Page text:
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RE: Is large print Accessibility?

From: Dave J Woolley <david.woolley@bts.co.uk>
Date: Mon, 2 Oct 2000 20:27:59 +0100
Message-ID: <81E4A2BC03CED111845100104B62AFB5824A79@stagecoach.bts.co.uk>
To: "'w3c-wai-ig@w3.org'" <w3c-wai-ig@w3.org>
> From:	David Poehlman [SMTP:poehlman@clark.net]
> sorry dave, I don't understand your message?
	[DJW:]  Most commercial web page designers use
	an 80:20 rule.  They design for the commercially
	best 80% of the market and either pretend that the
	rest does not exist, or add workarounds, after the
	main design, to support some of the 20%.  IE is
	getting near to covering 80% on its own, so it is
	likely that the approach will be:

	- design to produce the desired look and feel on 
	  IE 5 (empirically to a significant extent);

	- fixup so that it is workable on IE 4 and Windows
	  NS 4;

	- pretend that Opera, IE3-, NS on Unix, Lynx, Amaya, etc.
	  don't exist.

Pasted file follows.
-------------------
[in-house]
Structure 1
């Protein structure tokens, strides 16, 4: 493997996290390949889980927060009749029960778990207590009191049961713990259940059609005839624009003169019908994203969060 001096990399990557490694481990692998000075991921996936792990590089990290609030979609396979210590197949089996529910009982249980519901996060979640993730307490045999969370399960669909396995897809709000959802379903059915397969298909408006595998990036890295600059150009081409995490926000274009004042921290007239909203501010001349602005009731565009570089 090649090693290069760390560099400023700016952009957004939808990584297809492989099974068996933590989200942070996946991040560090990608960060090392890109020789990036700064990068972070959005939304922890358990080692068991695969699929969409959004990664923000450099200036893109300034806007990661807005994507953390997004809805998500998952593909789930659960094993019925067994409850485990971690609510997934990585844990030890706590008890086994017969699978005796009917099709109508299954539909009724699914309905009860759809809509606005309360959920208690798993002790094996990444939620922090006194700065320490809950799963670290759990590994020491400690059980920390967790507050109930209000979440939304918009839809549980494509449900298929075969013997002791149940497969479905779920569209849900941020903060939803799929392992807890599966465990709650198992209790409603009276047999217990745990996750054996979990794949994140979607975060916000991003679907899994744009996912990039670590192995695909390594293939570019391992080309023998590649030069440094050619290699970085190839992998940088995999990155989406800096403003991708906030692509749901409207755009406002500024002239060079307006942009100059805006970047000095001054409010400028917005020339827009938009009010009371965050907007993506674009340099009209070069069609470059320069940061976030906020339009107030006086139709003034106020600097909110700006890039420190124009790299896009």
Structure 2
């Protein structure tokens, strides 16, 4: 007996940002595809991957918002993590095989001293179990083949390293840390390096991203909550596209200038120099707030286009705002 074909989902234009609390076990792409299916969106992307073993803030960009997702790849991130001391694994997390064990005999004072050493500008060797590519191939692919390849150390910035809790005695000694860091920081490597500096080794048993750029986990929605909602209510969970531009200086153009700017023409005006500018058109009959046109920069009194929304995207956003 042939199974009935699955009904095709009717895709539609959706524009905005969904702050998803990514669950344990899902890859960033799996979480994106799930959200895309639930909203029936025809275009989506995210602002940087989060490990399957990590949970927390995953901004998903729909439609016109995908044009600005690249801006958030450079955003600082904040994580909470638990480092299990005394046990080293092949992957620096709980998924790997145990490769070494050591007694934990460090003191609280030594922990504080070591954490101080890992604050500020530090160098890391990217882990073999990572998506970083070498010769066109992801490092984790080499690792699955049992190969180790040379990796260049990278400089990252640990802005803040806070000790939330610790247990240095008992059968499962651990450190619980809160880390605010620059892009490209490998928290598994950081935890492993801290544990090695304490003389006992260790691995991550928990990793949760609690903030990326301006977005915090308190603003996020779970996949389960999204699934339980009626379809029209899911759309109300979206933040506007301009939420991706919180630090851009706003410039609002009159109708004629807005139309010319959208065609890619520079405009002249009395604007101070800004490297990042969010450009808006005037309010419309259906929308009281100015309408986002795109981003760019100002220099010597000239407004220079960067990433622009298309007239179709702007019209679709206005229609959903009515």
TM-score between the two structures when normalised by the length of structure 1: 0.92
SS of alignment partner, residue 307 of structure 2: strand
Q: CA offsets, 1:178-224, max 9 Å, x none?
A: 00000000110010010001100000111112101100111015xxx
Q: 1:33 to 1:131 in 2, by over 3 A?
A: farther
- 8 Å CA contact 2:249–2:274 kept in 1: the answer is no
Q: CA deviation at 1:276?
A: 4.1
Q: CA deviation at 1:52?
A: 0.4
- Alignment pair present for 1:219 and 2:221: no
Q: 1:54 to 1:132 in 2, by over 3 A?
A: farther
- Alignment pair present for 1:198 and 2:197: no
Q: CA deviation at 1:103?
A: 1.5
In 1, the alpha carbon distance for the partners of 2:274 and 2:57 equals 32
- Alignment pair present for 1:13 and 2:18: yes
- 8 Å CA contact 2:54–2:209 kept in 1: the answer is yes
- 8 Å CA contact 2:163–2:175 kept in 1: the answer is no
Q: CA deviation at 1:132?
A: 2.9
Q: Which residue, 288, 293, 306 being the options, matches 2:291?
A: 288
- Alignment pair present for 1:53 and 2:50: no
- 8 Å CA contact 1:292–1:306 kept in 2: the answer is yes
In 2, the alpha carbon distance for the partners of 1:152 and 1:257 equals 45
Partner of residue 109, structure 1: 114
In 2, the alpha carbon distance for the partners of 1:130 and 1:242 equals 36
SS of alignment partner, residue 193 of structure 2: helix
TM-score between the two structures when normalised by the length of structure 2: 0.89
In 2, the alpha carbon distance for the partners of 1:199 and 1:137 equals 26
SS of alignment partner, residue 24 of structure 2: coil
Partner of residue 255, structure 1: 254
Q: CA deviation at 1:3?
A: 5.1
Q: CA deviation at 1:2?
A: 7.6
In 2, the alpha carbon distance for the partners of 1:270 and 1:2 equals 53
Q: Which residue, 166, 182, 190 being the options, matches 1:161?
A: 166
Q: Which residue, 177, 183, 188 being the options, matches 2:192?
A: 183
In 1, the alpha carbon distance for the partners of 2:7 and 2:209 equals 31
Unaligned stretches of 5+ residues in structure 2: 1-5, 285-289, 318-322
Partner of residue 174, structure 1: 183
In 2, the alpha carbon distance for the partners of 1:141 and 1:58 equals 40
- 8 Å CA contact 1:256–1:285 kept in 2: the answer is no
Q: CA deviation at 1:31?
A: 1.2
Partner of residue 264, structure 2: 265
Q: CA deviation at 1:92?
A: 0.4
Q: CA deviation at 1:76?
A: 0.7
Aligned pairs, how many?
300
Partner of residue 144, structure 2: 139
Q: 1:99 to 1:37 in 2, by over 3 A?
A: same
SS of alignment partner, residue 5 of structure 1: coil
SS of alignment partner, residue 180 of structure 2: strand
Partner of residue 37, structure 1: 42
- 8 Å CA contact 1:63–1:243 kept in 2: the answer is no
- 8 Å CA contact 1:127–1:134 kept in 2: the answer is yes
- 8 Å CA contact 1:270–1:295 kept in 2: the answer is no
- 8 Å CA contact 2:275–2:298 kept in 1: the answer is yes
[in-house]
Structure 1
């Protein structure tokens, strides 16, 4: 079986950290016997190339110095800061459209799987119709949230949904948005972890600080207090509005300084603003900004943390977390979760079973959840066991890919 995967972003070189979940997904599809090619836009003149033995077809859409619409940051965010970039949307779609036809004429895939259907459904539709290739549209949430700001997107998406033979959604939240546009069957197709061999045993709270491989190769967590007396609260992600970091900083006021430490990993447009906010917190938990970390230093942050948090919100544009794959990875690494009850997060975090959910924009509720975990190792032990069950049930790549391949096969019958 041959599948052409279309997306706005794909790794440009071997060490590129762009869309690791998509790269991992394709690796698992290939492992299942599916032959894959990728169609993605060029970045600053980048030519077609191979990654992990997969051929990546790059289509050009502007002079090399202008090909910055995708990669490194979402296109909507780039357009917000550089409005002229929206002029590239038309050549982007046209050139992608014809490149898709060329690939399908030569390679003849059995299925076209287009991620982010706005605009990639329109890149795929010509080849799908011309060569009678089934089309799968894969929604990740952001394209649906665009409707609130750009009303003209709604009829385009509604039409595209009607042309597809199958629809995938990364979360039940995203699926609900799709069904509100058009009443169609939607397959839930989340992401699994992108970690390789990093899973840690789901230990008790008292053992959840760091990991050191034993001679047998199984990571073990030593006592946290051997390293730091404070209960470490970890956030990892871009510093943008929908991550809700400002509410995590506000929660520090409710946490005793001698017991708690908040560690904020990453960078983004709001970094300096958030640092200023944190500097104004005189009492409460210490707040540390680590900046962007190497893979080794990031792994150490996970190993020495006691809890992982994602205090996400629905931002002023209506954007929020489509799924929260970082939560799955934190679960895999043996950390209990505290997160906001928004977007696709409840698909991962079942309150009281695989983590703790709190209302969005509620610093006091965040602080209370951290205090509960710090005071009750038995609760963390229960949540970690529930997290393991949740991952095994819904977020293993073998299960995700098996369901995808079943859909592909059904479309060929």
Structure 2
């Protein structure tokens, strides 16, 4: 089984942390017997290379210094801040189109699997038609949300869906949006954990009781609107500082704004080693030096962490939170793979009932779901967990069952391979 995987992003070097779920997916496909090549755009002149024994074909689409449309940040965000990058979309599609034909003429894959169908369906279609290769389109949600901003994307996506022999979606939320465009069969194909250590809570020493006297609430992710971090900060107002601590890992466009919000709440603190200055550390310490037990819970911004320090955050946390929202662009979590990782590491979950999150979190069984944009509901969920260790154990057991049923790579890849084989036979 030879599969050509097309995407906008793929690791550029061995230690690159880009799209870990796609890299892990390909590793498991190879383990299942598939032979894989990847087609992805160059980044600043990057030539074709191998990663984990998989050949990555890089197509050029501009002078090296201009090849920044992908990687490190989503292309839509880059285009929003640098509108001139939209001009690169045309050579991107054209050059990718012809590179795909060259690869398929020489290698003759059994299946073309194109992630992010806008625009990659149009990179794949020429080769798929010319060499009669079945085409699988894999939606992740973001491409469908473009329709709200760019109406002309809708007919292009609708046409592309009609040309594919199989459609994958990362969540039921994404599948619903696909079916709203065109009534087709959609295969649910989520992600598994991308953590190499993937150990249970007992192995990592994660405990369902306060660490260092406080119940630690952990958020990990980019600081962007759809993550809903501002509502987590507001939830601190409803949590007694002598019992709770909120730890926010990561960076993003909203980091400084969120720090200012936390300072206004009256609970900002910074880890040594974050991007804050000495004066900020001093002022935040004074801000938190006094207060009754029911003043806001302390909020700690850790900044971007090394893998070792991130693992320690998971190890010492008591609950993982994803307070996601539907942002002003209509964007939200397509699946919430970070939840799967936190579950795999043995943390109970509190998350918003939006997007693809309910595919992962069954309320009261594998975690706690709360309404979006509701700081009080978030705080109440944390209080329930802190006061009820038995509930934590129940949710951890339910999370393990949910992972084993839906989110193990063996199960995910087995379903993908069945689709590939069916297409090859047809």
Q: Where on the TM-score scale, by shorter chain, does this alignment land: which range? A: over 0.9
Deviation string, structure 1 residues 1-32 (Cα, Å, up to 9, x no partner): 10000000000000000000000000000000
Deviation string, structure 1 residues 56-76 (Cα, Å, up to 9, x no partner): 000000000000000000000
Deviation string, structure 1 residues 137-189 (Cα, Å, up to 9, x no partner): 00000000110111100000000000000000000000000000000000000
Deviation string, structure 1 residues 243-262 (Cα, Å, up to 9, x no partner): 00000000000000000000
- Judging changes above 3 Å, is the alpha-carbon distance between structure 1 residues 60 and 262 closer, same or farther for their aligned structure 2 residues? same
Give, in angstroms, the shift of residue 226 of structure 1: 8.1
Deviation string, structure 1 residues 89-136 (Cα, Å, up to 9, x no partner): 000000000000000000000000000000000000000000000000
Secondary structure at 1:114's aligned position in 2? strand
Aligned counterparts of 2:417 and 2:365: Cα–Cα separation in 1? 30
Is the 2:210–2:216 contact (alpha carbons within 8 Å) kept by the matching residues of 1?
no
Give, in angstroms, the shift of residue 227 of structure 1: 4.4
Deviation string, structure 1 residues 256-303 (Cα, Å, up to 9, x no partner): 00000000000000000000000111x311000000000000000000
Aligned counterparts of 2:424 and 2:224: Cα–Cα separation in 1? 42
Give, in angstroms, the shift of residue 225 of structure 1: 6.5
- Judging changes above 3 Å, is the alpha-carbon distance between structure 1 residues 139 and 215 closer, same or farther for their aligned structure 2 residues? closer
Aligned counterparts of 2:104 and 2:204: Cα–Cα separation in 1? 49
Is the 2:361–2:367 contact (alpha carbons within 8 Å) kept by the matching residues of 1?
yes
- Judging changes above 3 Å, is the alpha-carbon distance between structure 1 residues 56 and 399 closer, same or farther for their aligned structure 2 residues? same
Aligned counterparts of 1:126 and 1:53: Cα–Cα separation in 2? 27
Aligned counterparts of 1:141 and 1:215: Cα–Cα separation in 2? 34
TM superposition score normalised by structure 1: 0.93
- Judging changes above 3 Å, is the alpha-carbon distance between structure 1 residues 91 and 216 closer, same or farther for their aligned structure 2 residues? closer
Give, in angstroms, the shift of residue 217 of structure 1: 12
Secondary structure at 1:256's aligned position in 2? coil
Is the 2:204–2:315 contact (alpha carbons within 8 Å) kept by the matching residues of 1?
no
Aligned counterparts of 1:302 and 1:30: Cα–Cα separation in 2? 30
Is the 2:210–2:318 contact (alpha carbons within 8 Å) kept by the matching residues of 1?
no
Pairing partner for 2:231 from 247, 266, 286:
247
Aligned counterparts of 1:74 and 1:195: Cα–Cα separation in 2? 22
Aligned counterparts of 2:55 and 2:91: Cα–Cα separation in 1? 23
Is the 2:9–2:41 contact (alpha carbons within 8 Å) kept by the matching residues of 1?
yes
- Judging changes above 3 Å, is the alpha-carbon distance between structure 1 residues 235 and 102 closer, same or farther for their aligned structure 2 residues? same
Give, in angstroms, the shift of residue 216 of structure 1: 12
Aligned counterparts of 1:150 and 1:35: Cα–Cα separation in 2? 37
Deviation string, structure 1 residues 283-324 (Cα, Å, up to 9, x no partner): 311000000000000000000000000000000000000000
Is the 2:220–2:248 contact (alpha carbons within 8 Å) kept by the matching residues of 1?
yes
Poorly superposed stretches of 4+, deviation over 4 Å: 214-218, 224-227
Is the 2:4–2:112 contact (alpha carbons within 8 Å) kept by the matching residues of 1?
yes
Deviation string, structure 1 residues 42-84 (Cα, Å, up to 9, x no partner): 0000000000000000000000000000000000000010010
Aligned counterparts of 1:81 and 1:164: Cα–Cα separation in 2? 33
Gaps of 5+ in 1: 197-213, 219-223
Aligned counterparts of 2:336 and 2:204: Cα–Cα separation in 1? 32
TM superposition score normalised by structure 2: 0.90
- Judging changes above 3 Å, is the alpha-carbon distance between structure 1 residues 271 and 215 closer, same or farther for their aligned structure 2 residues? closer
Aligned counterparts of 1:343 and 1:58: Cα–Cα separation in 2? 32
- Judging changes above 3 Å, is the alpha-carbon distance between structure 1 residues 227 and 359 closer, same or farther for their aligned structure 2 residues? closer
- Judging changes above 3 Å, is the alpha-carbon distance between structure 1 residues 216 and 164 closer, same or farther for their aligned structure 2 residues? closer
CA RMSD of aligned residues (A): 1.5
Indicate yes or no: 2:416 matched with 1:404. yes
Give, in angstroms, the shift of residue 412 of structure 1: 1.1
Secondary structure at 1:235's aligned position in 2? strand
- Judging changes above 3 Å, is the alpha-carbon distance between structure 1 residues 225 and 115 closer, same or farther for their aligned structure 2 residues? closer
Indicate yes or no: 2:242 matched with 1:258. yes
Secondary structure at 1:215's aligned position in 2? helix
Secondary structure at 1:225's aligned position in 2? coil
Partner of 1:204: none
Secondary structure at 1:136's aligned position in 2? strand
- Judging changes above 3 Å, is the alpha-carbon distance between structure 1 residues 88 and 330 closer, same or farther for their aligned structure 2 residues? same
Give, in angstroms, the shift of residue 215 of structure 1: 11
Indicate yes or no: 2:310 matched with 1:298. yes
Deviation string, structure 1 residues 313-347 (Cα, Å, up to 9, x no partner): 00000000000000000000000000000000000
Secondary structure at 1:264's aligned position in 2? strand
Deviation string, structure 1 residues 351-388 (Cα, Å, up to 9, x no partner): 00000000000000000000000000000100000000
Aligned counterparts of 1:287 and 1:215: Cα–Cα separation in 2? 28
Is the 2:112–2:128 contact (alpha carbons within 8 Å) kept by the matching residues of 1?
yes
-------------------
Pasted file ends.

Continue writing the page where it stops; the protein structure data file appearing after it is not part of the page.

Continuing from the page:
For some markets, Web-TV may be tolerated.

	The behaviour they are designing for is not just the
	documented behaviour (HTML says very little about 
	presentation details and sites do not generally fully
	specify a CSS environment, even if CSS were to work
	properly), but the specific error recovery (most HTML
	is invalid) and implementation details of the rendering.

	To compete well against IE with real HTML, a browser has
	to behave in essentially the same way as IE, not just 
	conform to the HTML, and possibly, CSS specifications.

	The exact details will depend on the target market.  If
	the market is more saturated, they are more likely to support
	more browsers.  If the market is very large, they may support
	more browsers.


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Received on Monday, 2 October 2000 15:27:57 UTC

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